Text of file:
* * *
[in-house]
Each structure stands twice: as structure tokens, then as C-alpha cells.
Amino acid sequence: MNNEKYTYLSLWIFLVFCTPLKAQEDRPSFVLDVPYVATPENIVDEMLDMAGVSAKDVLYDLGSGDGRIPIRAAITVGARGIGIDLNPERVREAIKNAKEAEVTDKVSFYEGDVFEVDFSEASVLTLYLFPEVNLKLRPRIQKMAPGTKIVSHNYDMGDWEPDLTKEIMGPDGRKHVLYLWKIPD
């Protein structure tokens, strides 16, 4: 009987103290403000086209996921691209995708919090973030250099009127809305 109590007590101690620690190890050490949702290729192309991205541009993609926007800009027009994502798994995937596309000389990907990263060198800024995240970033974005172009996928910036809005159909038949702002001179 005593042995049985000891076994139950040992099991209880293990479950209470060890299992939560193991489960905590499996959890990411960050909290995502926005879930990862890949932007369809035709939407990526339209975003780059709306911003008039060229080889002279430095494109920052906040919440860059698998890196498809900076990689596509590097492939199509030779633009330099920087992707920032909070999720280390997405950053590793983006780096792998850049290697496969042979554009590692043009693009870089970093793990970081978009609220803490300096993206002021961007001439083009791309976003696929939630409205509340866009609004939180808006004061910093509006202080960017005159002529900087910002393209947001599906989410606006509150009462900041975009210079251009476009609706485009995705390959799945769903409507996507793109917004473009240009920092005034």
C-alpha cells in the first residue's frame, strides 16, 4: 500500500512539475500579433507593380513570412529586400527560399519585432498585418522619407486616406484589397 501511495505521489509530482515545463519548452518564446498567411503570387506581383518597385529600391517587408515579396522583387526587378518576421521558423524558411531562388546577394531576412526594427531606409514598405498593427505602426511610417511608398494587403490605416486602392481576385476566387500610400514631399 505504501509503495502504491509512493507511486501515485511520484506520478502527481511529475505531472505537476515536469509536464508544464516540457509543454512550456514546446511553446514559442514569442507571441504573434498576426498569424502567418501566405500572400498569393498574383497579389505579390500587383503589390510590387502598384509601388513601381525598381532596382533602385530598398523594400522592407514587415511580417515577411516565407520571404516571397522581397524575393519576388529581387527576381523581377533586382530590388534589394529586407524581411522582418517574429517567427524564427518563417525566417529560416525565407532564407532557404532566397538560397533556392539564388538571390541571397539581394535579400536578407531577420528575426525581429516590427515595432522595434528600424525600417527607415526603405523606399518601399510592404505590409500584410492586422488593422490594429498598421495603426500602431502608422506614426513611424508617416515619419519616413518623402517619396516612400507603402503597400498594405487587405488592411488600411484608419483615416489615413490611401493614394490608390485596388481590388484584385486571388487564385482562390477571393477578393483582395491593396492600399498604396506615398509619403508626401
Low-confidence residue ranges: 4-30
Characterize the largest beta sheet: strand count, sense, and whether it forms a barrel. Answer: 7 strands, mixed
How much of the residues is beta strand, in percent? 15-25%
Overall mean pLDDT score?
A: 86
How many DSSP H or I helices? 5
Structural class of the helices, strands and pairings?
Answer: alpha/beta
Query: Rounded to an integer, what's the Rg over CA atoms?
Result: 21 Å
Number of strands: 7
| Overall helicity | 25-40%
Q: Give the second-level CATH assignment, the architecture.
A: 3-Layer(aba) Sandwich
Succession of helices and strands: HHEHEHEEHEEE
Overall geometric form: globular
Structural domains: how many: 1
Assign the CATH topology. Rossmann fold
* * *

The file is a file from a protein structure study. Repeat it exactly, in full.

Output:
[in-house]
Each structure stands twice: as structure tokens, then as C-alpha cells.
Amino acid sequence: MNNEKYTYLSLWIFLVFCTPLKAQEDRPSFVLDVPYVATPENIVDEMLDMAGVSAKDVLYDLGSGDGRIPIRAAITVGARGIGIDLNPERVREAIKNAKEAEVTDKVSFYEGDVFEVDFSEASVLTLYLFPEVNLKLRPRIQKMAPGTKIVSHNYDMGDWEPDLTKEIMGPDGRKHVLYLWKIPD
């Protein structure tokens, strides 16, 4: 009987103290403000086209996921691209995708919090973030250099009127809305 109590007590101690620690190890050490949702290729192309991205541009993609926007800009027009994502798994995937596309000389990907990263060198800024995240970033974005172009996928910036809005159909038949702002001179 005593042995049985000891076994139950040992099991209880293990479950209470060890299992939560193991489960905590499996959890990411960050909290995502926005879930990862890949932007369809035709939407990526339209975003780059709306911003008039060229080889002279430095494109920052906040919440860059698998890196498809900076990689596509590097492939199509030779633009330099920087992707920032909070999720280390997405950053590793983006780096792998850049290697496969042979554009590692043009693009870089970093793990970081978009609220803490300096993206002021961007001439083009791309976003696929939630409205509340866009609004939180808006004061910093509006202080960017005159002529900087910002393209947001599906989410606006509150009462900041975009210079251009476009609706485009995705390959799945769903409507996507793109917004473009240009920092005034």
C-alpha cells in the first residue's frame, strides 16, 4: 500500500512539475500579433507593380513570412529586400527560399519585432498585418522619407486616406484589397 501511495505521489509530482515545463519548452518564446498567411503570387506581383518597385529600391517587408515579396522583387526587378518576421521558423524558411531562388546577394531576412526594427531606409514598405498593427505602426511610417511608398494587403490605416486602392481576385476566387500610400514631399 505504501509503495502504491509512493507511486501515485511520484506520478502527481511529475505531472505537476515536469509536464508544464516540457509543454512550456514546446511553446514559442514569442507571441504573434498576426498569424502567418501566405500572400498569393498574383497579389505579390500587383503589390510590387502598384509601388513601381525598381532596382533602385530598398523594400522592407514587415511580417515577411516565407520571404516571397522581397524575393519576388529581387527576381523581377533586382530590388534589394529586407524581411522582418517574429517567427524564427518563417525566417529560416525565407532564407532557404532566397538560397533556392539564388538571390541571397539581394535579400536578407531577420528575426525581429516590427515595432522595434528600424525600417527607415526603405523606399518601399510592404505590409500584410492586422488593422490594429498598421495603426500602431502608422506614426513611424508617416515619419519616413518623402517619396516612400507603402503597400498594405487587405488592411488600411484608419483615416489615413490611401493614394490608390485596388481590388484584385486571388487564385482562390477571393477578393483582395491593396492600399498604396506615398509619403508626401
Low-confidence residue ranges: 4-30
Characterize the largest beta sheet: strand count, sense, and whether it forms a barrel. Answer: 7 strands, mixed
How much of the residues is beta strand, in percent? 15-25%
Overall mean pLDDT score?
A: 86
How many DSSP H or I helices? 5
Structural class of the helices, strands and pairings?
Answer: alpha/beta
Query: Rounded to an integer, what's the Rg over CA atoms?
Result: 21 Å
Number of strands: 7
| Overall helicity | 25-40%
Q: Give the second-level CATH assignment, the architecture.
A: 3-Layer(aba) Sandwich
Succession of helices and strands: HHEHEHEEHEEE
Overall geometric form: globular
Structural domains: how many: 1
Assign the CATH topology. Rossmann fold